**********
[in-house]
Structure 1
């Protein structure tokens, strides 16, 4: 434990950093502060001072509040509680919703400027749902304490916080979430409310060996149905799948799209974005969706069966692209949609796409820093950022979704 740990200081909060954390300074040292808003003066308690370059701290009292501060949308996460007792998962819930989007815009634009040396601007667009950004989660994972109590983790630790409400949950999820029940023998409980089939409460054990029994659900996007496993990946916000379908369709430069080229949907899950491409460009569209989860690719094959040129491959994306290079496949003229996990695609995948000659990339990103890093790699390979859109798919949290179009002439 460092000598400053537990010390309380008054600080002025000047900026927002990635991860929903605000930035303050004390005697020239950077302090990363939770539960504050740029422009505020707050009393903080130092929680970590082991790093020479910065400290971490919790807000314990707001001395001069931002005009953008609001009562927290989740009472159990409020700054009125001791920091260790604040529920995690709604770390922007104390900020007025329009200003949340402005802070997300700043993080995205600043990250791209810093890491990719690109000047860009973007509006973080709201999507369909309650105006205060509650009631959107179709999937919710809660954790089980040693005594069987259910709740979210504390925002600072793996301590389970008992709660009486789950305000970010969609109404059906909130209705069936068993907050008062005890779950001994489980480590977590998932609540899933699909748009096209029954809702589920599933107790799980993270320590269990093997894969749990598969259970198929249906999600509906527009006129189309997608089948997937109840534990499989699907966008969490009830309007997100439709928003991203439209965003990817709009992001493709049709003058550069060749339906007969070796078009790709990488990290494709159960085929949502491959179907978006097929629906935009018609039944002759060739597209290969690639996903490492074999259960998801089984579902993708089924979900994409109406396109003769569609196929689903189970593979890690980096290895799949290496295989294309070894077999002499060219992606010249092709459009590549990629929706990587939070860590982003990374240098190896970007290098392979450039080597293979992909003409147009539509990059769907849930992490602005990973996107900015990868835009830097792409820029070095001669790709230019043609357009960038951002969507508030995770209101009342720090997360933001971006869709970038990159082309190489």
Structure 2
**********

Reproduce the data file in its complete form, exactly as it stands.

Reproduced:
[in-house]
Structure 1
């Protein structure tokens, strides 16, 4: 434990950093502060001072509040509680919703400027749902304490916080979430409310060996149905799948799209974005969706069966692209949609796409820093950022979704 740990200081909060954390300074040292808003003066308690370059701290009292501060949308996460007792998962819930989007815009634009040396601007667009950004989660994972109590983790630790409400949950999820029940023998409980089939409460054990029994659900996007496993990946916000379908369709430069080229949907899950491409460009569209989860690719094959040129491959994306290079496949003229996990695609995948000659990339990103890093790699390979859109798919949290179009002439 460092000598400053537990010390309380008054600080002025000047900026927002990635991860929903605000930035303050004390005697020239950077302090990363939770539960504050740029422009505020707050009393903080130092929680970590082991790093020479910065400290971490919790807000314990707001001395001069931002005009953008609001009562927290989740009472159990409020700054009125001791920091260790604040529920995690709604770390922007104390900020007025329009200003949340402005802070997300700043993080995205600043990250791209810093890491990719690109000047860009973007509006973080709201999507369909309650105006205060509650009631959107179709999937919710809660954790089980040693005594069987259910709740979210504390925002600072793996301590389970008992709660009486789950305000970010969609109404059906909130209705069936068993907050008062005890779950001994489980480590977590998932609540899933699909748009096209029954809702589920599933107790799980993270320590269990093997894969749990598969259970198929249906999600509906527009006129189309997608089948997937109840534990499989699907966008969490009830309007997100439709928003991203439209965003990817709009992001493709049709003058550069060749339906007969070796078009790709990488990290494709159960085929949502491959179907978006097929629906935009018609039944002759060739597209290969690639996903490492074999259960998801089984579902993708089924979900994409109406396109003769569609196929689903189970593979890690980096290895799949290496295989294309070894077999002499060219992606010249092709459009590549990629929706990587939070860590982003990374240098190896970007290098392979450039080597293979992909003409147009539509990059769907849930992490602005990973996107900015990868835009830097792409820029070095001669790709230019043609357009960038951002969507508030995770209101009342720090997360933001971006869709970038990159082309190489």
Structure 2